Not all of the stories at Ellis Island’s immigration museum are about someone’s great-grandfather arriving as a boy from Europe at the start of the 20th century.
With the unveiling of a new exhibition on May 20, Ellis Island is telling stories of immigrants who have come as recently as the start of this century, decades after the last arrival was processed through its doors. Combined with a section that opened in 2011 looking at immigration to America pre-Ellis Island, the museum is taking on a broader mission of showcasing the country’s entire migration history, not just the time it was open from 1892 to 1954.
“It makes the museum continue to be important, relevant,” said Stephen Briganti, president and CEO of the Statue of Liberty-Ellis Island Foundation. “Why stop in 1954? There’s a whole new group of people. What about their stories?”
The new section of the Peopling of Americas galleries looks at what motivated people to come here, such as war and unrest at home or wanting to join family; modes of travel; and where in the United States people of certain ethnic backgrounds have settled.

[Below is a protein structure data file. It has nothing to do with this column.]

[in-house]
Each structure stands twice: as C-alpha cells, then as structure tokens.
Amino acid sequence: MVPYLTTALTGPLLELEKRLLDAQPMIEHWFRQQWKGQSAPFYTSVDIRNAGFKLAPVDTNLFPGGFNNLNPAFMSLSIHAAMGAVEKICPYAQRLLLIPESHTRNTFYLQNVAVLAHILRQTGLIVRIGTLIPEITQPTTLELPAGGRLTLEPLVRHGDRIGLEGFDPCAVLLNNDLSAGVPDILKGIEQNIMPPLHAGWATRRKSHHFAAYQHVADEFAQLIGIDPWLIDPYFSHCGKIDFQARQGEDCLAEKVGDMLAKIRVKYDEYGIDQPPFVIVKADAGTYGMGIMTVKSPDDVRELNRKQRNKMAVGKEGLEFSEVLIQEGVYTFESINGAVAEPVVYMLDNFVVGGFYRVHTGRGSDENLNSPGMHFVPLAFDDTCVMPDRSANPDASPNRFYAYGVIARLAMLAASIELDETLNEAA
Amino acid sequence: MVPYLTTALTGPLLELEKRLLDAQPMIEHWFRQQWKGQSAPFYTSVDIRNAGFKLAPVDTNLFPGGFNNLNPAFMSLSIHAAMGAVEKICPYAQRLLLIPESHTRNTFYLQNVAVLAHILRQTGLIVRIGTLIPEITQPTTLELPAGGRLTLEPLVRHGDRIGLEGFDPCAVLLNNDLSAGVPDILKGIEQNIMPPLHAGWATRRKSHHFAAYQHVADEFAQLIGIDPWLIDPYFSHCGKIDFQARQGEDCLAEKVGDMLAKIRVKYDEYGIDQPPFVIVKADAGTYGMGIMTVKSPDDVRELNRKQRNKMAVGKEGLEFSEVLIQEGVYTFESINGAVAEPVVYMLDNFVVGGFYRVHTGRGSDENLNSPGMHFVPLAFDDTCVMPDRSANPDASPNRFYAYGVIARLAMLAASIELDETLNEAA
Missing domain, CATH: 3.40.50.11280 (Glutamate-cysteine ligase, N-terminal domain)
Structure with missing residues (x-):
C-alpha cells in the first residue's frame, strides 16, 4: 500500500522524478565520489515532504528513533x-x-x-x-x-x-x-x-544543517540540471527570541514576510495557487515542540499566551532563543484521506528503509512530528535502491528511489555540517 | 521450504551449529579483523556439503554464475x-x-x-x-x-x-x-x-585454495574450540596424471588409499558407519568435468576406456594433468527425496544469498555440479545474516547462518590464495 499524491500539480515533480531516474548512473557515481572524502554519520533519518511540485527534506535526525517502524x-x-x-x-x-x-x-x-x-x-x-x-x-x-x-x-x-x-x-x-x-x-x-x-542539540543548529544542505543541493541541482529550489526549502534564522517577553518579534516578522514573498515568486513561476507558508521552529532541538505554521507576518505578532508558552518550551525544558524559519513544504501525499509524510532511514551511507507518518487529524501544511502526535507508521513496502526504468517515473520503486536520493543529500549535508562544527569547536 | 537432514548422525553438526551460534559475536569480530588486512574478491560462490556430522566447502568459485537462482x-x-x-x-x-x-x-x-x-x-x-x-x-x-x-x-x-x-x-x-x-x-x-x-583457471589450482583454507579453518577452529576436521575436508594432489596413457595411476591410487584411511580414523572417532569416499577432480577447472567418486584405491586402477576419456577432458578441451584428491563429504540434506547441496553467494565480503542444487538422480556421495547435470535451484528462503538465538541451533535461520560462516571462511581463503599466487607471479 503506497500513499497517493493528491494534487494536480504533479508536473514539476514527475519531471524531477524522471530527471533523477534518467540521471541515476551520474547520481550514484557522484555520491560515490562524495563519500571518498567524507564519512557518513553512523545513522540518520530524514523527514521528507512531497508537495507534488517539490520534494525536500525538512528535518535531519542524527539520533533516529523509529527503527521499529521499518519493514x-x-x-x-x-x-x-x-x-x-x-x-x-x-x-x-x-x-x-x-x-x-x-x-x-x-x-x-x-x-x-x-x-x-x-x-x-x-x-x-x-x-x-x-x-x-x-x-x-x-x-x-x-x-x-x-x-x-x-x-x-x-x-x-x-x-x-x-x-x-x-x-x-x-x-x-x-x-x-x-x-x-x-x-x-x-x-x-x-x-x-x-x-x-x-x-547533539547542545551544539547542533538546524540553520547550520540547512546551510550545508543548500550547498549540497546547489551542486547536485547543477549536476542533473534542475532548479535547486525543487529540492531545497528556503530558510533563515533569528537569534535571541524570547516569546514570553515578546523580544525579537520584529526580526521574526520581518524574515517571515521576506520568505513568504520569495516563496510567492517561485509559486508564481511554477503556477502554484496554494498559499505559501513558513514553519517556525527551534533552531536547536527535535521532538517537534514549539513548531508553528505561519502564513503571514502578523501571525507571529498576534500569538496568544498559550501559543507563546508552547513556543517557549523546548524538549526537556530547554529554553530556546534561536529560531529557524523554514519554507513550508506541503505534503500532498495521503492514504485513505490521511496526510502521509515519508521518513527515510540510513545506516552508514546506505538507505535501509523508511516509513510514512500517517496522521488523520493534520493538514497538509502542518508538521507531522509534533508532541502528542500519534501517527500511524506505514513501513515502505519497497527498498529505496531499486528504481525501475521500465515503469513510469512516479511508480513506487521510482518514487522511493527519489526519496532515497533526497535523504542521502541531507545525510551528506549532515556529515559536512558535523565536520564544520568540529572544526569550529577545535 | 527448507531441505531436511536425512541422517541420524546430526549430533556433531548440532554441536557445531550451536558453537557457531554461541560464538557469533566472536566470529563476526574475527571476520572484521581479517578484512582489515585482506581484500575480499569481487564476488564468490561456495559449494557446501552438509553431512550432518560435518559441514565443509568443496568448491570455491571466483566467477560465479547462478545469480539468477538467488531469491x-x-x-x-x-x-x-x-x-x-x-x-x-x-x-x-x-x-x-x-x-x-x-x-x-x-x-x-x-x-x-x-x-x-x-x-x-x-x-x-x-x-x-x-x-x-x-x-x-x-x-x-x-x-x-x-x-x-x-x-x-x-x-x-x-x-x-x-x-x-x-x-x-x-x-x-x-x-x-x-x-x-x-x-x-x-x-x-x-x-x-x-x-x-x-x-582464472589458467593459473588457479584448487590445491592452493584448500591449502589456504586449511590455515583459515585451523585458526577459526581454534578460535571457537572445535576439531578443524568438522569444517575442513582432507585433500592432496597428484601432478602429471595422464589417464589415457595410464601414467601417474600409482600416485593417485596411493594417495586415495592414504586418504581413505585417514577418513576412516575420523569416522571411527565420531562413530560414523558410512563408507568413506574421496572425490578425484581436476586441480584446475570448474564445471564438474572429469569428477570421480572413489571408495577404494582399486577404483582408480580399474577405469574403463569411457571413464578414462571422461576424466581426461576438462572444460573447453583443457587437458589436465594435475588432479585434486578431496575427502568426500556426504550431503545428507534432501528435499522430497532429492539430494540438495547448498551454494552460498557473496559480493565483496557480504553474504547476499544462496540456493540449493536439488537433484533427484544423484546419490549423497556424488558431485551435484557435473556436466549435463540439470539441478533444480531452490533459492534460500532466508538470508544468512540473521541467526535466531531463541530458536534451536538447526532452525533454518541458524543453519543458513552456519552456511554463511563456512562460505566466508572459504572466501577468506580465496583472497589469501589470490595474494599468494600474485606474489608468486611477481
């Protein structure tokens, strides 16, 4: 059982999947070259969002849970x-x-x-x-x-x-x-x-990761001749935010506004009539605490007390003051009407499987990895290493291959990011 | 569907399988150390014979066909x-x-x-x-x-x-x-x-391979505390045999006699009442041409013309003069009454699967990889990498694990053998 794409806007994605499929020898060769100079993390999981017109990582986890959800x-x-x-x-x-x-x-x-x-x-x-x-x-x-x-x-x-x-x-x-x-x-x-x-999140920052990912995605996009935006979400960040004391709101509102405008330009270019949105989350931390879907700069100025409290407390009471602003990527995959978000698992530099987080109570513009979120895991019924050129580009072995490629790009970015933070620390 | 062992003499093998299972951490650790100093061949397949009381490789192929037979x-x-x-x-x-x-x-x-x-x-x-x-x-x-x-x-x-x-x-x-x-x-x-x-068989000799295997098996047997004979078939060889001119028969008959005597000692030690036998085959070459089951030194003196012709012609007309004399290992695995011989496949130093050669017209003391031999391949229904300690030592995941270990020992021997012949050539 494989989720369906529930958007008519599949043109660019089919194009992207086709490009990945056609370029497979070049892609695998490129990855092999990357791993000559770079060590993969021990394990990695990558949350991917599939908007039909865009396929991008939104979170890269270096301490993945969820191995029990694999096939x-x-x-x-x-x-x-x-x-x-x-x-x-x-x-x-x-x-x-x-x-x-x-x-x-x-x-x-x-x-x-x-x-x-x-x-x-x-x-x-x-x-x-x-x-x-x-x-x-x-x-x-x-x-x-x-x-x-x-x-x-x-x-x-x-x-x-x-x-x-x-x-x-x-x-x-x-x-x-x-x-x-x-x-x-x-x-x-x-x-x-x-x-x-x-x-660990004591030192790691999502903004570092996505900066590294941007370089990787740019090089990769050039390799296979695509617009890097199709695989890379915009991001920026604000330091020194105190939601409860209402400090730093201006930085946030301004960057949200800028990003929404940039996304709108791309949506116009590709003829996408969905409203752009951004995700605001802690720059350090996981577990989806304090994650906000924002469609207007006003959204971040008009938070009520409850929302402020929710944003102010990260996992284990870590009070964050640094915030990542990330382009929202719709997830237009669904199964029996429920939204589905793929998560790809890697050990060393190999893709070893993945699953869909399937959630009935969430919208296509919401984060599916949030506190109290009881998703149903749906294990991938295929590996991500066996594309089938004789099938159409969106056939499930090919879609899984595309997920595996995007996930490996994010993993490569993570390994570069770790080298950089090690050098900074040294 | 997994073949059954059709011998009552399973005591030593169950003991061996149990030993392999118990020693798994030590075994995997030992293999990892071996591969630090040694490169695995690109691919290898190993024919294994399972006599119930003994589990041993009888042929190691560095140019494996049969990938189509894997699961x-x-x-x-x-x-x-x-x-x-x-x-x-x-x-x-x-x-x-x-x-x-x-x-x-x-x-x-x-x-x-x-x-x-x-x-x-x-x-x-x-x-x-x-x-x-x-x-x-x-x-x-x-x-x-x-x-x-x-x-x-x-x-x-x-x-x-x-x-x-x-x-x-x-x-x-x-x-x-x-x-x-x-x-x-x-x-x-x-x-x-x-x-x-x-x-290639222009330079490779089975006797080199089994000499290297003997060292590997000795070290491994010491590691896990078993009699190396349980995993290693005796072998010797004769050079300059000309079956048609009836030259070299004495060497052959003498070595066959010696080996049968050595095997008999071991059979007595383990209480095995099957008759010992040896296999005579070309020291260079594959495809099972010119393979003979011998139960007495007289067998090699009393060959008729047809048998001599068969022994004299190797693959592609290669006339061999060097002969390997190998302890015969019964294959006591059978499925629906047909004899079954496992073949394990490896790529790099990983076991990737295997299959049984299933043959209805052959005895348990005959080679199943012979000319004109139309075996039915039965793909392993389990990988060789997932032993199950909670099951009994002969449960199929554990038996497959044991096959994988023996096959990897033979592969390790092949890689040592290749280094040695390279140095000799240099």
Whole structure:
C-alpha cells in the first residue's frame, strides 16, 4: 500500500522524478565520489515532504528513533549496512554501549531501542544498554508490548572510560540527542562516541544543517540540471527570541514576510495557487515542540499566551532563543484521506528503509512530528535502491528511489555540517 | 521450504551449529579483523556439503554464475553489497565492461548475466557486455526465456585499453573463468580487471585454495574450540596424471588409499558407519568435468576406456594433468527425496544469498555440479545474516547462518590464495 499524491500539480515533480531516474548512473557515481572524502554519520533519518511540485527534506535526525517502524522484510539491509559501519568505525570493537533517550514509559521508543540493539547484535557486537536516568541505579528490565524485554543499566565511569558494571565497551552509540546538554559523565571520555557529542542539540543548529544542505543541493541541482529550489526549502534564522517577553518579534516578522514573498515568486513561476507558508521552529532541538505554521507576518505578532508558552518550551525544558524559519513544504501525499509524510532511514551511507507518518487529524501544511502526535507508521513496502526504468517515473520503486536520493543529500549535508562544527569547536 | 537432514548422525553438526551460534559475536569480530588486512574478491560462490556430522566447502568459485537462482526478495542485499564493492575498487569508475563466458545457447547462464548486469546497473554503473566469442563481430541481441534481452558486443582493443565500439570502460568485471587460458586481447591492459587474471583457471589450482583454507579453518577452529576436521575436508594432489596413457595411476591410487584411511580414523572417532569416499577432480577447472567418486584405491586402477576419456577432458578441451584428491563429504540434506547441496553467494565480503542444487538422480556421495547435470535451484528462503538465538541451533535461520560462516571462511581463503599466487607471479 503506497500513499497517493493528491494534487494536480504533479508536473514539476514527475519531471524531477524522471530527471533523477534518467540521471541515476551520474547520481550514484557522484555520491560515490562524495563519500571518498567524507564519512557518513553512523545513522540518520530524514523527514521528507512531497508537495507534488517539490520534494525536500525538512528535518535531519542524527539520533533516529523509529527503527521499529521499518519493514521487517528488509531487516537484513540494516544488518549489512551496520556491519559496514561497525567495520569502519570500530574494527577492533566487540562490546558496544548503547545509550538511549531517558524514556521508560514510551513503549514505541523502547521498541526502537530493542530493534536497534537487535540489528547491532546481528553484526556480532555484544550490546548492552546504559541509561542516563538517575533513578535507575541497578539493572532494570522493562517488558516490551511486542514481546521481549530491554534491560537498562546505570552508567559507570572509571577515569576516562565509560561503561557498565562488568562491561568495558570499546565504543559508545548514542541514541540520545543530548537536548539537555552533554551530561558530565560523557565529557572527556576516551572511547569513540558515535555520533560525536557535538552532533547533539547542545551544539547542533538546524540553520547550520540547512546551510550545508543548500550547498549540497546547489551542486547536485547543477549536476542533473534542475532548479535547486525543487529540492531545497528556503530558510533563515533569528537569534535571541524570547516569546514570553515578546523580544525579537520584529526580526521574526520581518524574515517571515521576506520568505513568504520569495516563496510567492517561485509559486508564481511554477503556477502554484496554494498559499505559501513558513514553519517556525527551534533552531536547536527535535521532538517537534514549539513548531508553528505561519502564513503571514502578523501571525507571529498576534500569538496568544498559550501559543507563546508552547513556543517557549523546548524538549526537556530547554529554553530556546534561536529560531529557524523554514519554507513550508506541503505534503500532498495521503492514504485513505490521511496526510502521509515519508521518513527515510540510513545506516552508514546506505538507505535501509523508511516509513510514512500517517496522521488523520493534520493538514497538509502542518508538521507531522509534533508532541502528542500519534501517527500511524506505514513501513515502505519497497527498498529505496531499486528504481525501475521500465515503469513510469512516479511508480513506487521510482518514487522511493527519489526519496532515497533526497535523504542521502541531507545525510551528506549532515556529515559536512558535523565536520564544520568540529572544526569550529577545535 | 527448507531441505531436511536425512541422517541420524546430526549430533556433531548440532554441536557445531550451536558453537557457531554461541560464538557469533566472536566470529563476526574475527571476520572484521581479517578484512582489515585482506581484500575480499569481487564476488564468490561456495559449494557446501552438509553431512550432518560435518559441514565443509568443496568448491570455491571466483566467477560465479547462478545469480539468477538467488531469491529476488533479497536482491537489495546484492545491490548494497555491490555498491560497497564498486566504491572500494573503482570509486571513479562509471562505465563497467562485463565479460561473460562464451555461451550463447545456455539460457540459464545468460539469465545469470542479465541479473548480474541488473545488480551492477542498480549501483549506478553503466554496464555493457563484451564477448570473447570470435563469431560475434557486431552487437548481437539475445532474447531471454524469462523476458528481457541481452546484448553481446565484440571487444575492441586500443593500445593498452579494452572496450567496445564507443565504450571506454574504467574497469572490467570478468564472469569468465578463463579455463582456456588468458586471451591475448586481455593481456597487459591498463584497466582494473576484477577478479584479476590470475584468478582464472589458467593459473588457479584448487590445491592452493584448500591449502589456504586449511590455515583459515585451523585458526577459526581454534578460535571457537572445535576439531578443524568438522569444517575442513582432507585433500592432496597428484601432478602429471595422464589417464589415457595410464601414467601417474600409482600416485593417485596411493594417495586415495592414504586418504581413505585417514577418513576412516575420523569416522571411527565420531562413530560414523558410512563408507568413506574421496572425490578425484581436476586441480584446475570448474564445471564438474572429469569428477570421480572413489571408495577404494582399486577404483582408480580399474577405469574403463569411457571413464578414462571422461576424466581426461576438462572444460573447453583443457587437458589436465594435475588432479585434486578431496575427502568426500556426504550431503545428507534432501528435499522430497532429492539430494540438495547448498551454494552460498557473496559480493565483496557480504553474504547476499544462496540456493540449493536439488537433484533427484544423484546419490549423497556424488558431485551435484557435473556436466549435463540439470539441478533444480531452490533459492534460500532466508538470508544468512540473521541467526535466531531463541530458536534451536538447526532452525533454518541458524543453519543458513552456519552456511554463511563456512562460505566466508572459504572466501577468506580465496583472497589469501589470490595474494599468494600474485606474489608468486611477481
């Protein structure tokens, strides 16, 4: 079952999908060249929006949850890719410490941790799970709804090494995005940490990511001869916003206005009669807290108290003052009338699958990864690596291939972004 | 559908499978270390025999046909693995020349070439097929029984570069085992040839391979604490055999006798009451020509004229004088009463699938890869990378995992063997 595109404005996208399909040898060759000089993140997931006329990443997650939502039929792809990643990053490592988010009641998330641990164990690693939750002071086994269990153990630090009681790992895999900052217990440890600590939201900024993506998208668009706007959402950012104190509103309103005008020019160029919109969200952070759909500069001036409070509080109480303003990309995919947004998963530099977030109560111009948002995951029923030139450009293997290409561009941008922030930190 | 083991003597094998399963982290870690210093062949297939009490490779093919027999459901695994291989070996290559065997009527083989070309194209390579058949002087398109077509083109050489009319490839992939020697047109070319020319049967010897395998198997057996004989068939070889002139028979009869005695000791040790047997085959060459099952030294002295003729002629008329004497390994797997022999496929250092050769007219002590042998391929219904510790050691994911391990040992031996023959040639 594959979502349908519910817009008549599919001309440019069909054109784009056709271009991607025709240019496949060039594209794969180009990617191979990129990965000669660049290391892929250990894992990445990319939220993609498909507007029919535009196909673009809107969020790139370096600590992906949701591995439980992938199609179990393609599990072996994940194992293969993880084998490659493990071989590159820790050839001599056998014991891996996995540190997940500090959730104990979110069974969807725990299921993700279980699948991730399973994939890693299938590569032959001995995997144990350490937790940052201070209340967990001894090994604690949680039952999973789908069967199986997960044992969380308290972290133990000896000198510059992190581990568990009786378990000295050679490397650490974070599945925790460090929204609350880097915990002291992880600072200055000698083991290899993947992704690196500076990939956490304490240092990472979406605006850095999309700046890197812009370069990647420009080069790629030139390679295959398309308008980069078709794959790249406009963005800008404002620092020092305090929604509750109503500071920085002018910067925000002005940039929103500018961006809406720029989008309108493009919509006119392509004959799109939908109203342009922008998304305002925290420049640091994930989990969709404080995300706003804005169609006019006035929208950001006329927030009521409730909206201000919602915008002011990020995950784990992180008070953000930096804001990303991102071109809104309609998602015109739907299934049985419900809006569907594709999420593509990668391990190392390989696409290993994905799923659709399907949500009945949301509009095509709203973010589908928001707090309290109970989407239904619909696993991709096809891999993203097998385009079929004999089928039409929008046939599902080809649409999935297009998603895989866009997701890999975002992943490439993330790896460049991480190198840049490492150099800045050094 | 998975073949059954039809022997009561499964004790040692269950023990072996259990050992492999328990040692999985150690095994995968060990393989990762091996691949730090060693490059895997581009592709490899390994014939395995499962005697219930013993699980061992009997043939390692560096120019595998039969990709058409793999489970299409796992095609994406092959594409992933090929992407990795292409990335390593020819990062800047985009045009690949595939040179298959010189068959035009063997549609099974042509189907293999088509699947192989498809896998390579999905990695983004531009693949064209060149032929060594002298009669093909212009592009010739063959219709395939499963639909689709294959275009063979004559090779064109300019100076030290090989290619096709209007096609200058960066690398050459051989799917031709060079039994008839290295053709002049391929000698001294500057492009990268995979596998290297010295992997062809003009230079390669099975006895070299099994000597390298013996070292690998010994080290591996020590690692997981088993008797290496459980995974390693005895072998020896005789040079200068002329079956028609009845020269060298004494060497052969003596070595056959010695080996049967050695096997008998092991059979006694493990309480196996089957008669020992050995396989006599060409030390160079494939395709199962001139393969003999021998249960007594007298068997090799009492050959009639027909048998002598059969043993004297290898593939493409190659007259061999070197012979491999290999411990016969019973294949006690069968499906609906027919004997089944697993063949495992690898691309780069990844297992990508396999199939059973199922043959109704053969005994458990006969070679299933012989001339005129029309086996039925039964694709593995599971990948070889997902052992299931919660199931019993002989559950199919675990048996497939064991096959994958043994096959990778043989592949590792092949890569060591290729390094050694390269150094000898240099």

The new exhibition is heavily interactive, and visual, with video snippets from immigrants telling their stories. Most are everyday people, such as the Bosnian woman talking about how she came here due to strife in her homeland. In a section about the process of becoming a citizen, visitors can try answering the types of American history questions an immigrant seeking to become naturalized would face.
The museum is also taking on a new name: It’s going from the Ellis Island Immigration Museum to the Ellis Island National Museum of Immigration.
Ellis island “is symbolic of arrival, of welcome, the opportunity for a new life,” Briganti said. “All those things add into the importance of Ellis Island as a symbol and a place to tell the story.”